Actually you are wrong. How can you say you have personal experience if you don't have it? I know personally because I have had it since childhood. It is a real condition that typically is diagnosed through 5-6 hours of testing. In recent years, researchers like Dr. Daniel Amen of the Amen clinic have proven new ways of diagnosing the condition through the use of the SPECT scan that shows brain function and metabolism. Over 40 years of research proves that it exists. It is a genentically derived neuroligical condition related to neurotransmitter and metabolic imbalances in the brain. Medication is only one means of treatment. Couselling and training in coping techniques are other means. Medication alone will not do the job. It takes a well balanced program of training and proper medication.

      May 21, 2013 at 11:30 | Report abuse |
    • Don Black

      Your best friend is a liar and an idiot. My family has had this disorder disrupt their lives for generations. It is not made up to sell drugs. The drugs (prescribed and illegal) have been the ONLY thing that has worked and allowed myself and other members of my family to be competent in the modern world. Maybe if we lived traditional lifestyles where the "disorder" has shown to have some benefit (ADD and ADHD hunters tend to better than average) then there would be no need to medicate but the modern world with its emphasis on time management is an alien environment to those of us who have attention deficit disorders and it is only going to get worse. Without meds ADD and ADHD people will on average constantly come up short.

      May 21, 2013 at 11:31 | Report abuse |
    • Dan

      Actually, there IS such a thing. There is also such a thing as a fraudulent diagnosis as well.
      The disease is real and it represents a very real chemical imbalance in the brain. I have it and the medicines I've been given over the past 23 years have actually helped me to normalize and compete academically. Without the supplemental chemicals, I would not have tested well in the SATs, GMATs and the myriad of coursework over a twenty year academic career.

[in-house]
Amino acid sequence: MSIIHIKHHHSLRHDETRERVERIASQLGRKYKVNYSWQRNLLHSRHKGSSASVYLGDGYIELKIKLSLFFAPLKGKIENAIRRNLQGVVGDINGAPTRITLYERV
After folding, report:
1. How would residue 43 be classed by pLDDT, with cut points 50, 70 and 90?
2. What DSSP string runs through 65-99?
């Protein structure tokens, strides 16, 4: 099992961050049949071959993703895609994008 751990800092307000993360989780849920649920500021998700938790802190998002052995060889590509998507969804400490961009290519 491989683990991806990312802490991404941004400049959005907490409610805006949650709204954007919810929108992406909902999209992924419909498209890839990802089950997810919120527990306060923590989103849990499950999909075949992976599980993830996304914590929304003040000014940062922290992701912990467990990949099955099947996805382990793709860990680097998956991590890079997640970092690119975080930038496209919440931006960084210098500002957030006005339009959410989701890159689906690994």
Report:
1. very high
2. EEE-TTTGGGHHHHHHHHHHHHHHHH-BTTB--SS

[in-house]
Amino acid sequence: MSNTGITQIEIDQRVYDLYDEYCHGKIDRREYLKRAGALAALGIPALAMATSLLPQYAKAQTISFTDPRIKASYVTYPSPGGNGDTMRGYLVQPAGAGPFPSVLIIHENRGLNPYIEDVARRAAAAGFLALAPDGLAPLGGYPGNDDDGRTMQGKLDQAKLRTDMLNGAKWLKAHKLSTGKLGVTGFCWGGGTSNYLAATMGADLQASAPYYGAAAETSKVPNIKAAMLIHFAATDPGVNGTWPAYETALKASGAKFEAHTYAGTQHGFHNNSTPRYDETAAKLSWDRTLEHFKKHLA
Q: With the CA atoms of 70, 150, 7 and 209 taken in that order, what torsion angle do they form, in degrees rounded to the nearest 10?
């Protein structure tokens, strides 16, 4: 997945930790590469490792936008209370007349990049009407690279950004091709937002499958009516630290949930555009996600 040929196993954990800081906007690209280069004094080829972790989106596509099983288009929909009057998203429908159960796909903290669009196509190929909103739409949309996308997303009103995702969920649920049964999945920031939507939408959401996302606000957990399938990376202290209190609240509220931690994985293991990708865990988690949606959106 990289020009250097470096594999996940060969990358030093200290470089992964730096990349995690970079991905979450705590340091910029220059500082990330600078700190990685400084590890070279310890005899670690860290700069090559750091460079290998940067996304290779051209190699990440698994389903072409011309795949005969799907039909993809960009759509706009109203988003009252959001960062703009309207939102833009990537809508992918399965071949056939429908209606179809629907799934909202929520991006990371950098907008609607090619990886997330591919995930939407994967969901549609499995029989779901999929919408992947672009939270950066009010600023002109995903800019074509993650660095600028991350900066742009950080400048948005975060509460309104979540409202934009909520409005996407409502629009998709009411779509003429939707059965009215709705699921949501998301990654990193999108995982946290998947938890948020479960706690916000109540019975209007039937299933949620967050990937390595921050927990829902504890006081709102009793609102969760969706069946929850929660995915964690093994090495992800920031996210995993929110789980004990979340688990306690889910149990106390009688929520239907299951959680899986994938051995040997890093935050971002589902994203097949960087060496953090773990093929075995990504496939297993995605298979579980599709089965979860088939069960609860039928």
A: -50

Today as a finance professional, I still struggle with the disease but my body has adapted to synthesize the effects of the drugs. I struggle with linear thought and time management. I struggle with prioritization and even the occasionally dense reading material I'm required to analyze. I've even found there are some perks to non-linear thought. Nevertheless, I'm a very real though admittedly rare case.

      I agree wholeheartedly that ADD and ADHD are widely over-diagnosed but for your friend the "doctor" to misinform you so badly is in the very least poor-form. The disease is accepted and widely discussed in those DSM books that he's required to reference at his practice. I would look closer if I were you.

      Some of you are doubtful but I encourage you to research the effects a dopamine deficiency can have on the brain, which is the dilemma at the root of the disease.

      lastly, to the folks who say that the typical ADD/ADHD case couldn't even get through a 4 year college degree, I say to you, "I did it". I learned how to study and overcome my disease and focus at a young age. It was hard but I did it. I will always struggle but I can hang with the pack. I earned a Bachelors Degree an MBA and an MS Finance despite the affliction.